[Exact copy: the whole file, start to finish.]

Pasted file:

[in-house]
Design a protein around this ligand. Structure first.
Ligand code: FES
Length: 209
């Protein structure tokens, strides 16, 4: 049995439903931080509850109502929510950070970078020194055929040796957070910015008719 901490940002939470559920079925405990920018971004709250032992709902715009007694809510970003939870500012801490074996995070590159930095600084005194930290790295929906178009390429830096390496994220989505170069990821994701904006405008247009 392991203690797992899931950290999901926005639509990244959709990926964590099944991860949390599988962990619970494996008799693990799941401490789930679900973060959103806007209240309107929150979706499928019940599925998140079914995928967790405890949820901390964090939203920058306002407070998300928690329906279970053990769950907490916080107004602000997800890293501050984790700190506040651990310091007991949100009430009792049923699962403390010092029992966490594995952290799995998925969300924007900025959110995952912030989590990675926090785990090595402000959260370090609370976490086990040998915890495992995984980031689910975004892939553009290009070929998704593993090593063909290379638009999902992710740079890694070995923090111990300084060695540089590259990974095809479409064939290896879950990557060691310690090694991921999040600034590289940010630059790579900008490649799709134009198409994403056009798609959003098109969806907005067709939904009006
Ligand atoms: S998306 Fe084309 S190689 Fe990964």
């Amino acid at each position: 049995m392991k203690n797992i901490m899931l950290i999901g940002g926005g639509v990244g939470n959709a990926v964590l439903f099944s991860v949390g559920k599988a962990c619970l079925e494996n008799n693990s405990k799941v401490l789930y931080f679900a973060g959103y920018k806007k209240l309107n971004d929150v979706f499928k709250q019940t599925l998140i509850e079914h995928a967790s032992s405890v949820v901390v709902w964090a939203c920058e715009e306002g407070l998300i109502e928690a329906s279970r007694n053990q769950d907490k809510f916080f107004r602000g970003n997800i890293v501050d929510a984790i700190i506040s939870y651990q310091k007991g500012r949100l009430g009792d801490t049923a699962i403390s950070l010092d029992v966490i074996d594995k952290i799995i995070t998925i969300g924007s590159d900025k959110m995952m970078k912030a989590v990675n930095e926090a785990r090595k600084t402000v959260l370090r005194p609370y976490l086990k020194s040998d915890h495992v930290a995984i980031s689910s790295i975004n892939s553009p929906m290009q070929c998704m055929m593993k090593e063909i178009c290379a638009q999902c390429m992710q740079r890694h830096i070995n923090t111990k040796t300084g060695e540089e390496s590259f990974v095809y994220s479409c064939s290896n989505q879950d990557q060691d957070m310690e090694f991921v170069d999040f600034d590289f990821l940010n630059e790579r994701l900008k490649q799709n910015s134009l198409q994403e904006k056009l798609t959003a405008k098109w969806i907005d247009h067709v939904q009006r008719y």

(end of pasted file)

[in-house]
Design a protein around this ligand. Structure first.
Ligand code: FES
Length: 209
């Protein structure tokens, strides 16, 4: 049995439903931080509850109502929510950070970078020194055929040796957070910015008719 901490940002939470559920079925405990920018971004709250032992709902715009007694809510970003939870500012801490074996995070590159930095600084005194930290790295929906178009390429830096390496994220989505170069990821994701904006405008247009 392991203690797992899931950290999901926005639509990244959709990926964590099944991860949390599988962990619970494996008799693990799941401490789930679900973060959103806007209240309107929150979706499928019940599925998140079914995928967790405890949820901390964090939203920058306002407070998300928690329906279970053990769950907490916080107004602000997800890293501050984790700190506040651990310091007991949100009430009792049923699962403390010092029992966490594995952290799995998925969300924007900025959110995952912030989590990675926090785990090595402000959260370090609370976490086990040998915890495992995984980031689910975004892939553009290009070929998704593993090593063909290379638009999902992710740079890694070995923090111990300084060695540089590259990974095809479409064939290896879950990557060691310690090694991921999040600034590289940010630059790579900008490649799709134009198409994403056009798609959003098109969806907005067709939904009006
Ligand atoms: S998306 Fe084309 S190689 Fe990964």
């Amino acid at each position: 049995m392991k203690n797992i901490m899931l950290i999901g940002g926005g639509v990244g939470n959709a990926v964590l439903f099944s991860v949390g559920k599988a962990c619970l079925e494996n008799n693990s405990k799941v401490l789930y931080f679900a973060g959103y920018k806007k209240l309107n971004d929150v979706f499928k709250q019940t599925l998140i509850e079914h995928a967790s032992s405890v949820v901390v709902w964090a939203c920058e715009e306002g407070l998300i109502e928690a329906s279970r007694n053990q769950d907490k809510f916080f107004r602000g970003n997800i890293v501050d929510a984790i700190i506040s939870y651990q310091k007991g500012r949100l009430g009792d801490t049923a699962i403390s950070l010092d029992v966490i074996d594995k952290i799995i995070t998925i969300g924007s590159d900025k959110m995952m970078k912030a989590v990675n930095e926090a785990r090595k600084t402000v959260l370090r005194p609370y976490l086990k020194s040998d915890h495992v930290a995984i980031s689910s790295i975004n892939s553009p929906m290009q070929c998704m055929m593993k090593e063909i178009c290379a638009q999902c390429m992710q740079r890694h830096i070995n923090t111990k040796t300084g060695e540089e390496s590259f990974v095809y994220s479409c064939s290896n989505q879950d990557q060691d957070m310690e090694f991921v170069d999040f600034d590289f990821l940010n630059e790579r994701l900008k490649q799709n910015s134009l198409q994403e904006k056009l798609t959003a405008k098109w969806i907005d247009h067709v939904q009006r008719y």